There are people out there who are the complete opposite to me and negativity just washes over them. They often don’t even think that what they’re saying or doing is negative or they do and it simply just doesn’t bother them. Sometimes I wish I could be like that and I have been told to toughen up, be less sensitive, develop a harder outer shell, don’t take it to heart but then I wouldn’t be me and everything that goes with being me. Like I said in the previous blog I am working on being true to myself and if this is part of who I am then so be it but I do take on board their comments and, if how I react or feel is detrimental to my well-being then yes I need to do something about it.

I personally don’t intend to cause unnecessary hurt or negativity in any one else’s life and I would expect to be treated the same by other people. I also expect to be able to express myself as I see fit if someone has caused negativity or hurt in my life but in a calm, controlled and reasonable manner. However, life, as we know, isn’t like that and we all need to have strategies in place to be able to manage those pesky negative thoughts in a more controlled way and to start seeing them as opportunities for learning and for further development.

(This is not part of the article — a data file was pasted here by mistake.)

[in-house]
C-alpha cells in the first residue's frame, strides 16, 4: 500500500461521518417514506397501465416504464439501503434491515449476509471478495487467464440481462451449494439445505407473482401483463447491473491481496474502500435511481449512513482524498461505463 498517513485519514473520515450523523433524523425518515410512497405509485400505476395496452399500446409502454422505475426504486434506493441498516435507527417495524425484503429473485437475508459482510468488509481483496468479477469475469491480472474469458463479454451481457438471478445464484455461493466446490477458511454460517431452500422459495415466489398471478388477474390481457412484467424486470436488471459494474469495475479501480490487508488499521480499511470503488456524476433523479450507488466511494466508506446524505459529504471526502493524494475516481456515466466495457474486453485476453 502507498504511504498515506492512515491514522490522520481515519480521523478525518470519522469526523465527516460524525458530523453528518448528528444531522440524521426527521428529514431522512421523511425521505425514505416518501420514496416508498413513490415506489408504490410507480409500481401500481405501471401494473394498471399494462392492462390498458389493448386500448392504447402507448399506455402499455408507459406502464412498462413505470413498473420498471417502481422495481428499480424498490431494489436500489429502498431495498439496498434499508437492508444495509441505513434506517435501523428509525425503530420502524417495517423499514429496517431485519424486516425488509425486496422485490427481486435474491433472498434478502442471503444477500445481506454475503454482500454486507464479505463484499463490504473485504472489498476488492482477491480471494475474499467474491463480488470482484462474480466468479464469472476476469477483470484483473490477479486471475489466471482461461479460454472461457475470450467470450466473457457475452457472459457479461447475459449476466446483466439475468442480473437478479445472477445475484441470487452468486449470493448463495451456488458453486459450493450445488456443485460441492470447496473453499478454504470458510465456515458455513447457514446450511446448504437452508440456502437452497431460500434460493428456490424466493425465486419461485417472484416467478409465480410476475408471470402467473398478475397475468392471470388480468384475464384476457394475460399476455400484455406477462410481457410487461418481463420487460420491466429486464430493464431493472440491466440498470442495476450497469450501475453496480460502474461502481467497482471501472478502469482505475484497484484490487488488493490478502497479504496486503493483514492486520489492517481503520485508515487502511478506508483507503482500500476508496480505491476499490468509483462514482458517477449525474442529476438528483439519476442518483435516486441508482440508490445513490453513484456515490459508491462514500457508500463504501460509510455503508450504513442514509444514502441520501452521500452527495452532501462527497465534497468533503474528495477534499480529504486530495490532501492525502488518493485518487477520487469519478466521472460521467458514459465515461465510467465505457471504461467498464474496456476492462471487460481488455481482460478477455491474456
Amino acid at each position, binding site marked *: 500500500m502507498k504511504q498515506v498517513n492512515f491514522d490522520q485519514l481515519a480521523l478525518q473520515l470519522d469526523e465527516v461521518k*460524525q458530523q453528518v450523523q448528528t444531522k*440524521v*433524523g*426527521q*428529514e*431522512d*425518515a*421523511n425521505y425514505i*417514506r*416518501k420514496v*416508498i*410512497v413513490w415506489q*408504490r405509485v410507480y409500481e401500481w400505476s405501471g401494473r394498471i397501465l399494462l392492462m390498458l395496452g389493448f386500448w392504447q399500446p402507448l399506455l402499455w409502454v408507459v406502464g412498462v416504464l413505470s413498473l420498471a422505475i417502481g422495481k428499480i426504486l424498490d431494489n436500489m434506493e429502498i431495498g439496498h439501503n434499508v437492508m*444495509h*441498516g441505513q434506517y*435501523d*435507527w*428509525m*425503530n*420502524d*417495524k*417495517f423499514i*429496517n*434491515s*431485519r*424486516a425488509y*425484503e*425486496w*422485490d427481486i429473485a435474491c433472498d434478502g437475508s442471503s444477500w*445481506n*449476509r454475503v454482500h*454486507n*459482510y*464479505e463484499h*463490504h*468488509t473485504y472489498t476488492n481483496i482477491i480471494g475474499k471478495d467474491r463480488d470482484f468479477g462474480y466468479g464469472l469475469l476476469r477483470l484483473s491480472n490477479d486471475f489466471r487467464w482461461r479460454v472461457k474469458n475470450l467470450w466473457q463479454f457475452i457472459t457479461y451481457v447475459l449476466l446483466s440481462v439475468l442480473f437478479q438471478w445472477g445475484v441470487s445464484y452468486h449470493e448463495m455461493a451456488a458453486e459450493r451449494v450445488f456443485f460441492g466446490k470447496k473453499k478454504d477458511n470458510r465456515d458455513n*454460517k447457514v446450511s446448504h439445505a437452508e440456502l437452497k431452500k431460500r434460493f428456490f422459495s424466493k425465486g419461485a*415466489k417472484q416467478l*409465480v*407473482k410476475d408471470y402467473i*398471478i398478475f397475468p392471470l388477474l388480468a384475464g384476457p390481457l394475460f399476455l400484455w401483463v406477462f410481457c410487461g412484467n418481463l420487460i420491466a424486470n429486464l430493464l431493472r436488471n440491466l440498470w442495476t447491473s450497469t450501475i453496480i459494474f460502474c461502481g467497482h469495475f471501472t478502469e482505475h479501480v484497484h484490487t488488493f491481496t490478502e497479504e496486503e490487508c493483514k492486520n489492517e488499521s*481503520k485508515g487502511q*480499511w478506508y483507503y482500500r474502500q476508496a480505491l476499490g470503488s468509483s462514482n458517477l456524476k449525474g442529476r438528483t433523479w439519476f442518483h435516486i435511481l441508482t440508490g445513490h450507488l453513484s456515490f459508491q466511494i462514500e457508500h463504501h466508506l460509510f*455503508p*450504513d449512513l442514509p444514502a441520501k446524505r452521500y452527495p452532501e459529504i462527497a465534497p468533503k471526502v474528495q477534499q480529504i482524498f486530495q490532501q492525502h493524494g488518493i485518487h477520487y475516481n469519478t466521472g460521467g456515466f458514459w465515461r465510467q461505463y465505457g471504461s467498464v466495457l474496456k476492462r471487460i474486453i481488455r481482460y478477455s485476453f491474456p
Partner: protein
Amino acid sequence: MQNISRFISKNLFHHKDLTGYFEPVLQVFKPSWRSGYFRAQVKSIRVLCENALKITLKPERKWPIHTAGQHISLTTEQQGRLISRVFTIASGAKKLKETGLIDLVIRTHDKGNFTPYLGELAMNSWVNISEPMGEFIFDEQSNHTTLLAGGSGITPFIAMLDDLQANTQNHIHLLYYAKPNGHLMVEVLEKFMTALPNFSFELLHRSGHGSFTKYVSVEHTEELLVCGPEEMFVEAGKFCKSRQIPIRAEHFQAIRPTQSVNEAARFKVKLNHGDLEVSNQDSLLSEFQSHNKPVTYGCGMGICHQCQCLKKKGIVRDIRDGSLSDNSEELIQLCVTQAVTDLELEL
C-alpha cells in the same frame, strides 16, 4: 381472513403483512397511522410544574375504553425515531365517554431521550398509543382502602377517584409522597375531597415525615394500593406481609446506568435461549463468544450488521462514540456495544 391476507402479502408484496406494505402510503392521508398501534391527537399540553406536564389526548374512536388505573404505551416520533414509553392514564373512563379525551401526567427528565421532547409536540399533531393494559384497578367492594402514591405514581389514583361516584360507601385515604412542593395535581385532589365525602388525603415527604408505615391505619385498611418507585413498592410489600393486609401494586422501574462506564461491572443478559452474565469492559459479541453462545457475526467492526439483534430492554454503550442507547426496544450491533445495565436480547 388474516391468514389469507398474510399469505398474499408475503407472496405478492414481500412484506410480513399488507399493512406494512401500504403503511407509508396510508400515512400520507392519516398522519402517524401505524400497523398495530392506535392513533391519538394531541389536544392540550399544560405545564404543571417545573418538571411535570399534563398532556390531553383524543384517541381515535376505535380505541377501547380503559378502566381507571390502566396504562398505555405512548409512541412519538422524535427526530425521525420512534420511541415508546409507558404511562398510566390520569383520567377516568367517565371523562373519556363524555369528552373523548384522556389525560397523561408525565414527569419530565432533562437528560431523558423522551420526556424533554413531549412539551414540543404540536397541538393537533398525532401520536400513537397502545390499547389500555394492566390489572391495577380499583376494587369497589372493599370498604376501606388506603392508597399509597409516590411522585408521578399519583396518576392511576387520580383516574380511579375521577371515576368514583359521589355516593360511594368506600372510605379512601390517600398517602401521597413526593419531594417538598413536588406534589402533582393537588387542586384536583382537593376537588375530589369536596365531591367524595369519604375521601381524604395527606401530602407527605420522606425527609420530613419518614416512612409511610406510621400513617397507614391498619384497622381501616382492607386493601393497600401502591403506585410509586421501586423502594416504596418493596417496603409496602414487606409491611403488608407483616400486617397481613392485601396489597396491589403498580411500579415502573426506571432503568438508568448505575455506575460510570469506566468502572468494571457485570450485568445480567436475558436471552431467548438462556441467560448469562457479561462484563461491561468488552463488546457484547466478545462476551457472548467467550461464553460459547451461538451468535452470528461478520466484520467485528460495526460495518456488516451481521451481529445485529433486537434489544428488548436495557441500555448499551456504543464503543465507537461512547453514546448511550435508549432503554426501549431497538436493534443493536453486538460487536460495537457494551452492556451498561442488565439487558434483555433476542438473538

So what can I, and you, do?

1: Remember … it’s not personal, it’s not necessarily about you – in fact in most cases it’s about the person whose behaviour in some way has made a negative impact on you. And even if your behaviour and actions have caused negativity in another person then, as long as you weren’t acting with deliberate intent, how that other person reacts is their choice not yours – you cannot control how other people react to what you do or say, that is all their doing and something they need to learn to manage.

2: It doesn’t have to be a negative experience; it could be just the push you need to change something that means ultimately it’s been a positive experience.